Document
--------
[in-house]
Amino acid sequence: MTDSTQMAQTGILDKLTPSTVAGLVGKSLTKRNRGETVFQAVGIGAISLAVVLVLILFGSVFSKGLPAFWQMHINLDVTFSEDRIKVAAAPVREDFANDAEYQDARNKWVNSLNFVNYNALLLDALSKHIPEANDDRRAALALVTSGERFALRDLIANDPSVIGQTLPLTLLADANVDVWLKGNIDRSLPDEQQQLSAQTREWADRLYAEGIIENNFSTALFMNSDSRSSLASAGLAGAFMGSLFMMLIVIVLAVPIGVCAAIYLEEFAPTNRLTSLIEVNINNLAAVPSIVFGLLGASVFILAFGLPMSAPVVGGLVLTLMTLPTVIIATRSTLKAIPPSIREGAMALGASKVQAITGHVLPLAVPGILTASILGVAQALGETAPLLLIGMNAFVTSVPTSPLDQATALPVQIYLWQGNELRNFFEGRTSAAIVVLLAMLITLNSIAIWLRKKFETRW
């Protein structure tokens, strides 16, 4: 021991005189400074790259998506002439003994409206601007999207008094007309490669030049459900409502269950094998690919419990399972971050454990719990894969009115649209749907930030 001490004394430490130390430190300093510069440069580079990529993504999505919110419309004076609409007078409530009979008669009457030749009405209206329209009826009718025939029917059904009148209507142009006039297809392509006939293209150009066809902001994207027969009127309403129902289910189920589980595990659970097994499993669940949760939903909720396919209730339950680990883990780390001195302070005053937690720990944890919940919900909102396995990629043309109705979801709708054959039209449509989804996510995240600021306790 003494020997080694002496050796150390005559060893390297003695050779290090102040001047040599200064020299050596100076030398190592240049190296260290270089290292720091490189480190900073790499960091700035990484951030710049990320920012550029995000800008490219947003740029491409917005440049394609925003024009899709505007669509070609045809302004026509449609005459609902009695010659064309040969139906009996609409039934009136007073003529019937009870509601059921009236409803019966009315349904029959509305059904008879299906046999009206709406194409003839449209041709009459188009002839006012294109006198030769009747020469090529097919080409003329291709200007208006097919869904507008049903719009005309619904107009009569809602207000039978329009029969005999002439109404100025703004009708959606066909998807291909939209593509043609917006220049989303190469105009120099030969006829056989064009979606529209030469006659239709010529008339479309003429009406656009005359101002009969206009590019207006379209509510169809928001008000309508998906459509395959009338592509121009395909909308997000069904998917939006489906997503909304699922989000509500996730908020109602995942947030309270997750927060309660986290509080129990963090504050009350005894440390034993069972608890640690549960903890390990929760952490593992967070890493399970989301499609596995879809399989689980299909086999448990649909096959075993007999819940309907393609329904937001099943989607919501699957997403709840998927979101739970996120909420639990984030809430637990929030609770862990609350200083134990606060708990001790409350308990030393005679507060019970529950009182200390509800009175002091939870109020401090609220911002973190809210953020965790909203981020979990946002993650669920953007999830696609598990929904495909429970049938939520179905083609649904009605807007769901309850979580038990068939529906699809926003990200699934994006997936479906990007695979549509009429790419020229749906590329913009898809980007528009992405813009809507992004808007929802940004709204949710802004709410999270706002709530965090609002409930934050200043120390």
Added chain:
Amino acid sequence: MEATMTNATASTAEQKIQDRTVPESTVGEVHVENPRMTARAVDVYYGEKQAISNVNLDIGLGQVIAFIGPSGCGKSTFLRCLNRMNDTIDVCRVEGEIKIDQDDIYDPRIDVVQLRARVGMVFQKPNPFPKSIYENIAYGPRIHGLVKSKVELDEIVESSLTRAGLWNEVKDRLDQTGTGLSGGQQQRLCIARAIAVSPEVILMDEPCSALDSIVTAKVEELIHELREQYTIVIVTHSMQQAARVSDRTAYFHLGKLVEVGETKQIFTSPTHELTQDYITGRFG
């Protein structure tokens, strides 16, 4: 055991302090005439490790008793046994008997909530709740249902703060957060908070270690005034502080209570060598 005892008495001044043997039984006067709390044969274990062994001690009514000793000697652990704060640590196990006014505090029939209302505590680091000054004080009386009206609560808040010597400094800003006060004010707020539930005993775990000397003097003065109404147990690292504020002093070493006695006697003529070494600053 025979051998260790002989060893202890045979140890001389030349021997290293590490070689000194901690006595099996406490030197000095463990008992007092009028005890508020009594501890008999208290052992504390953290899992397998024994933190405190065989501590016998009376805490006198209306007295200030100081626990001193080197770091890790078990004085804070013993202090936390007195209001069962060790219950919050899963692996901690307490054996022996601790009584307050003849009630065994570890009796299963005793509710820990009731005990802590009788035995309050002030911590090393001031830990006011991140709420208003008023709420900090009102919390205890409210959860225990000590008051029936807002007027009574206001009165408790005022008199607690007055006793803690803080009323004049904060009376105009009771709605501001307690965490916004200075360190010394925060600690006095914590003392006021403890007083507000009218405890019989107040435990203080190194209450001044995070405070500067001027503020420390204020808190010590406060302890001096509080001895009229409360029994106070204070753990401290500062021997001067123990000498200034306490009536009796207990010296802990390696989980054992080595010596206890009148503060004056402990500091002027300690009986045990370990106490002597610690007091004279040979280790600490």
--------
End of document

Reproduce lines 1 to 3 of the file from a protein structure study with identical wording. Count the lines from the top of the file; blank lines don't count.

[in-house]
Amino acid sequence: MTDSTQMAQTGILDKLTPSTVAGLVGKSLTKRNRGETVFQAVGIGAISLAVVLVLILFGSVFSKGLPAFWQMHINLDVTFSEDRIKVAAAPVREDFANDAEYQDARNKWVNSLNFVNYNALLLDALSKHIPEANDDRRAALALVTSGERFALRDLIANDPSVIGQTLPLTLLADANVDVWLKGNIDRSLPDEQQQLSAQTREWADRLYAEGIIENNFSTALFMNSDSRSSLASAGLAGAFMGSLFMMLIVIVLAVPIGVCAAIYLEEFAPTNRLTSLIEVNINNLAAVPSIVFGLLGASVFILAFGLPMSAPVVGGLVLTLMTLPTVIIATRSTLKAIPPSIREGAMALGASKVQAITGHVLPLAVPGILTASILGVAQALGETAPLLLIGMNAFVTSVPTSPLDQATALPVQIYLWQGNELRNFFEGRTSAAIVVLLAMLITLNSIAIWLRKKFETRW
């Protein structure tokens, strides 16, 4: 021991005189400074790259998506002439003994409206601007999207008094007309490669030049459900409502269950094998690919419990399972971050454990719990894969009115649209749907930030 001490004394430490130390430190300093510069440069580079990529993504999505919110419309004076609409007078409530009979008669009457030749009405209206329209009826009718025939029917059904009148209507142009006039297809392509006939293209150009066809902001994207027969009127309403129902289910189920589980595990659970097994499993669940949760939903909720396919209730339950680990883990780390001195302070005053937690720990944890919940919900909102396995990629043309109705979801709708054959039209449509989804996510995240600021306790 003494020997080694002496050796150390005559060893390297003695050779290090102040001047040599200064020299050596100076030398190592240049190296260290270089290292720091490189480190900073790499960091700035990484951030710049990320920012550029995000800008490219947003740029491409917005440049394609925003024009899709505007669509070609045809302004026509449609005459609902009695010659064309040969139906009996609409039934009136007073003529019937009870509601059921009236409803019966009315349904029959509305059904008879299906046999009206709406194409003839449209041709009459188009002839006012294109006198030769009747020469090529097919080409003329291709200007208006097919869904507008049903719009005309619904107009009569809602207000039978329009029969005999002439109404100025703004009708959606066909998807291909939209593509043609917006220049989303190469105009120099030969006829056989064009979606529209030469006659239709010529008339479309003429009406656009005359101002009969206009590019207006379209509510169809928001008000309508998906459509395959009338592509121009395909909308997000069904998917939006489906997503909304699922989000509500996730908020109602995942947030309270997750927060309660986290509080129990963090504050009350005894440390034993069972608890640690549960903890390990929760952490593992967070890493399970989301499609596995879809399989689980299909086999448990649909096959075993007999819940309907393609329904937001099943989607919501699957997403709840998927979101739970996120909420639990984030809430637990929030609770862990609350200083134990606060708990001790409350308990030393005679507060019970529950009182200390509800009175002091939870109020401090609220911002973190809210953020965790909203981020979990946002993650669920953007999830696609598990929904495909429970049938939520179905083609649904009605807007769901309850979580038990068939529906699809926003990200699934994006997936479906990007695979549509009429790419020229749906590329913009898809980007528009992405813009809507992004808007929802940004709204949710802004709410999270706002709530965090609002409930934050200043120390």